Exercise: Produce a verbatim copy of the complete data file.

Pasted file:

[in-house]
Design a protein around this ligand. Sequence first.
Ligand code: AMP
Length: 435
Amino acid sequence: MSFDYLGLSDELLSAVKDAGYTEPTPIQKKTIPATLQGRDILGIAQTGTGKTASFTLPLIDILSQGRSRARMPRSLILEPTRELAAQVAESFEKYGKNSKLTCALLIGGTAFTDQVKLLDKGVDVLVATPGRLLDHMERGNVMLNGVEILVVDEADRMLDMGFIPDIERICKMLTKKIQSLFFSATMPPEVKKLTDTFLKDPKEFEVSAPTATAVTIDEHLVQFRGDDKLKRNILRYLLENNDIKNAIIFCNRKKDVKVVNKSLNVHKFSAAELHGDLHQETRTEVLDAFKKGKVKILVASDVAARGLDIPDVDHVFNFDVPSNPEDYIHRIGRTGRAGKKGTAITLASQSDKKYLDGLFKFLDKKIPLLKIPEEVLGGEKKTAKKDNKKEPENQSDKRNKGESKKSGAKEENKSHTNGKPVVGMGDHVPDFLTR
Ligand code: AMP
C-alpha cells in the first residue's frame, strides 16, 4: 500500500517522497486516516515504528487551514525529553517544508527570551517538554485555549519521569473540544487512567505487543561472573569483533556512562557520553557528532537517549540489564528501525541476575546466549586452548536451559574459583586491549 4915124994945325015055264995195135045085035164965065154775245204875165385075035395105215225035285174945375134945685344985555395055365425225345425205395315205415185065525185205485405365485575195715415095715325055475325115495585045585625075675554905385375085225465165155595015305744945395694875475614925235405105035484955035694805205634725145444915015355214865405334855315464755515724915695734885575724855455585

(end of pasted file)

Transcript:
[in-house]
Design a protein around this ligand. Sequence first.
Ligand code: AMP
Length: 435
Amino acid sequence: MSFDYLGLSDELLSAVKDAGYTEPTPIQKKTIPATLQGRDILGIAQTGTGKTASFTLPLIDILSQGRSRARMPRSLILEPTRELAAQVAESFEKYGKNSKLTCALLIGGTAFTDQVKLLDKGVDVLVATPGRLLDHMERGNVMLNGVEILVVDEADRMLDMGFIPDIERICKMLTKKIQSLFFSATMPPEVKKLTDTFLKDPKEFEVSAPTATAVTIDEHLVQFRGDDKLKRNILRYLLENNDIKNAIIFCNRKKDVKVVNKSLNVHKFSAAELHGDLHQETRTEVLDAFKKGKVKILVASDVAARGLDIPDVDHVFNFDVPSNPEDYIHRIGRTGRAGKKGTAITLASQSDKKYLDGLFKFLDKKIPLLKIPEEVLGGEKKTAKKDNKKEPENQSDKRNKGESKKSGAKEENKSHTNGKPVVGMGDHVPDFLTR
Ligand code: AMP
C-alpha cells in the first residue's frame, strides 16, 4: 500500500517522497486516516515504528487551514525529553517544508527570551517538554485555549519521569473540544487512567505487543561472573569483533556512562557520553557528532537517549540489564528501525541476575546466549586452548536451559574459583586491549 4915124994945325015055264995195135045085035164965065154775245204875165385075035395105215225035285174945375134945685344985555395055365425225345425205395315205415185065525185205485405365485575195715415095715325055475325115495585045585625075675554905385375085225465165155595015305744945395694875475614925235405105035484955035694805205634725145444915015355214865405334855315464755515724915695734885575724855455585